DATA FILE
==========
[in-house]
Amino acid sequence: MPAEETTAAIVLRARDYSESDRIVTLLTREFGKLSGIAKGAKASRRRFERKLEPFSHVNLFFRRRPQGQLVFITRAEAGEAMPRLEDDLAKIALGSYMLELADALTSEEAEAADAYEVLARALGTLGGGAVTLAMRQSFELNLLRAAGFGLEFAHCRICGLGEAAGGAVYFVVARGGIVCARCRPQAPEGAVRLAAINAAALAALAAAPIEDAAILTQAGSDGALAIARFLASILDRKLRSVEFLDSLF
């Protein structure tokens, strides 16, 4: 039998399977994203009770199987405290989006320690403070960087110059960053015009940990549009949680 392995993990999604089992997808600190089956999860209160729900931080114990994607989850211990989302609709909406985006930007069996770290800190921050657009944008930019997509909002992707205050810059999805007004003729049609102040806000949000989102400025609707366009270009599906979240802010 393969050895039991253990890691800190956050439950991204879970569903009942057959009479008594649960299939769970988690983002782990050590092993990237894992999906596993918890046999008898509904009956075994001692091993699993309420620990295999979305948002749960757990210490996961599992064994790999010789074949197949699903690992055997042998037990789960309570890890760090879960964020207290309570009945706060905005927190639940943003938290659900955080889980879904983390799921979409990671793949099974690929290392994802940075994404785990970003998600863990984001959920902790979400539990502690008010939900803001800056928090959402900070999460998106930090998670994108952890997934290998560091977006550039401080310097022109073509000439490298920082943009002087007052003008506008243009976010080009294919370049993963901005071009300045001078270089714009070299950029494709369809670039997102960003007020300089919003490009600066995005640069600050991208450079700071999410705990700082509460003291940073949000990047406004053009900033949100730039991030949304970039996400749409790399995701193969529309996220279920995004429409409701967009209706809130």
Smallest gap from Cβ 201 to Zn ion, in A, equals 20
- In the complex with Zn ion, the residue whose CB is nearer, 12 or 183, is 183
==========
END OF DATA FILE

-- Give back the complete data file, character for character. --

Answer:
[in-house]
Amino acid sequence: MPAEETTAAIVLRARDYSESDRIVTLLTREFGKLSGIAKGAKASRRRFERKLEPFSHVNLFFRRRPQGQLVFITRAEAGEAMPRLEDDLAKIALGSYMLELADALTSEEAEAADAYEVLARALGTLGGGAVTLAMRQSFELNLLRAAGFGLEFAHCRICGLGEAAGGAVYFVVARGGIVCARCRPQAPEGAVRLAAINAAALAALAAAPIEDAAILTQAGSDGALAIARFLASILDRKLRSVEFLDSLF
């Protein structure tokens, strides 16, 4: 039998399977994203009770199987405290989006320690403070960087110059960053015009940990549009949680 392995993990999604089992997808600190089956999860209160729900931080114990994607989850211990989302609709909406985006930007069996770290800190921050657009944008930019997509909002992707205050810059999805007004003729049609102040806000949000989102400025609707366009270009599906979240802010 393969050895039991253990890691800190956050439950991204879970569903009942057959009479008594649960299939769970988690983002782990050590092993990237894992999906596993918890046999008898509904009956075994001692091993699993309420620990295999979305948002749960757990210490996961599992064994790999010789074949197949699903690992055997042998037990789960309570890890760090879960964020207290309570009945706060905005927190639940943003938290659900955080889980879904983390799921979409990671793949099974690929290392994802940075994404785990970003998600863990984001959920902790979400539990502690008010939900803001800056928090959402900070999460998106930090998670994108952890997934290998560091977006550039401080310097022109073509000439490298920082943009002087007052003008506008243009976010080009294919370049993963901005071009300045001078270089714009070299950029494709369809670039997102960003007020300089919003490009600066995005640069600050991208450079700071999410705990700082509460003291940073949000990047406004053009900033949100730039991030949304970039996400749409790399995701193969529309996220279920995004429409409701967009209706809130």
Smallest gap from Cβ 201 to Zn ion, in A, equals 20
- In the complex with Zn ion, the residue whose CB is nearer, 12 or 183, is 183